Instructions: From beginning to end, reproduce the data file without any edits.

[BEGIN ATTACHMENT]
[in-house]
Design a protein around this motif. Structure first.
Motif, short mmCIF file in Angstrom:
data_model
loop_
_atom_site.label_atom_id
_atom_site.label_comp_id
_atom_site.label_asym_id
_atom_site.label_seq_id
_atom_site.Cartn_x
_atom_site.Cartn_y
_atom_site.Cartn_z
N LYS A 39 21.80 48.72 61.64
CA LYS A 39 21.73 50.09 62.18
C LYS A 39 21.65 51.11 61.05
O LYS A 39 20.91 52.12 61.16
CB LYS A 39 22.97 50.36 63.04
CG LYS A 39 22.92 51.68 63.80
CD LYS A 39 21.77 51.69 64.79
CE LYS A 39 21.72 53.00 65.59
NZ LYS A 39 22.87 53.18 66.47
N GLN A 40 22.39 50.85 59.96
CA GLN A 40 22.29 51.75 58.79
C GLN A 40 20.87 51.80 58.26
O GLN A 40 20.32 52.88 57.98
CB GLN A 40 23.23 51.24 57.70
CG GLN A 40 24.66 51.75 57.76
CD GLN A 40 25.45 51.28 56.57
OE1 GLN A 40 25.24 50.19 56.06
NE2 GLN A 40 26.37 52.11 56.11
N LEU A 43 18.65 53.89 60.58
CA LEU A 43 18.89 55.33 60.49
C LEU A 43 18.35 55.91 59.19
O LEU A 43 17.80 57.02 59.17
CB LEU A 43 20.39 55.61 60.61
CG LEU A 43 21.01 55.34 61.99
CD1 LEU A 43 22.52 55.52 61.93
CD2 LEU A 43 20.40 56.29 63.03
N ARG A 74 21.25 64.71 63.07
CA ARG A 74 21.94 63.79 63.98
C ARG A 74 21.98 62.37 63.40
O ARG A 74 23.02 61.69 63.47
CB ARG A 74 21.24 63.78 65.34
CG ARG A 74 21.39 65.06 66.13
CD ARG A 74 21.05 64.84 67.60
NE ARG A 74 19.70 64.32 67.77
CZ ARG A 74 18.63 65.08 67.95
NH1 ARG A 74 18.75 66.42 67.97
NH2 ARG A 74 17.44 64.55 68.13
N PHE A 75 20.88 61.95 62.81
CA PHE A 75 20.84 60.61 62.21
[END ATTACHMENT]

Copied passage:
[in-house]
Design a protein around this motif. Structure first.
Motif, short mmCIF file in Angstrom:
data_model
loop_
_atom_site.label_atom_id
_atom_site.label_comp_id
_atom_site.label_asym_id
_atom_site.label_seq_id
_atom_site.Cartn_x
_atom_site.Cartn_y
_atom_site.Cartn_z
N LYS A 39 21.80 48.72 61.64
CA LYS A 39 21.73 50.09 62.18
C LYS A 39 21.65 51.11 61.05
O LYS A 39 20.91 52.12 61.16
CB LYS A 39 22.97 50.36 63.04
CG LYS A 39 22.92 51.68 63.80
CD LYS A 39 21.77 51.69 64.79
CE LYS A 39 21.72 53.00 65.59
NZ LYS A 39 22.87 53.18 66.47
N GLN A 40 22.39 50.85 59.96
CA GLN A 40 22.29 51.75 58.79
C GLN A 40 20.87 51.80 58.26
O GLN A 40 20.32 52.88 57.98
CB GLN A 40 23.23 51.24 57.70
CG GLN A 40 24.66 51.75 57.76
CD GLN A 40 25.45 51.28 56.57
OE1 GLN A 40 25.24 50.19 56.06
NE2 GLN A 40 26.37 52.11 56.11
N LEU A 43 18.65 53.89 60.58
CA LEU A 43 18.89 55.33 60.49
C LEU A 43 18.35 55.91 59.19
O LEU A 43 17.80 57.02 59.17
CB LEU A 43 20.39 55.61 60.61
CG LEU A 43 21.01 55.34 61.99
CD1 LEU A 43 22.52 55.52 61.93
CD2 LEU A 43 20.40 56.29 63.03
N ARG A 74 21.25 64.71 63.07
CA ARG A 74 21.94 63.79 63.98
C ARG A 74 21.98 62.37 63.40
O ARG A 74 23.02 61.69 63.47
CB ARG A 74 21.24 63.78 65.34
CG ARG A 74 21.39 65.06 66.13
CD ARG A 74 21.05 64.84 67.60
NE ARG A 74 19.70 64.32 67.77
CZ ARG A 74 18.63 65.08 67.95
NH1 ARG A 74 18.75 66.42 67.97
NH2 ARG A 74 17.44 64.55 68.13
N PHE A 75 20.88 61.95 62.81
CA PHE A 75 20.84 60.61 62.21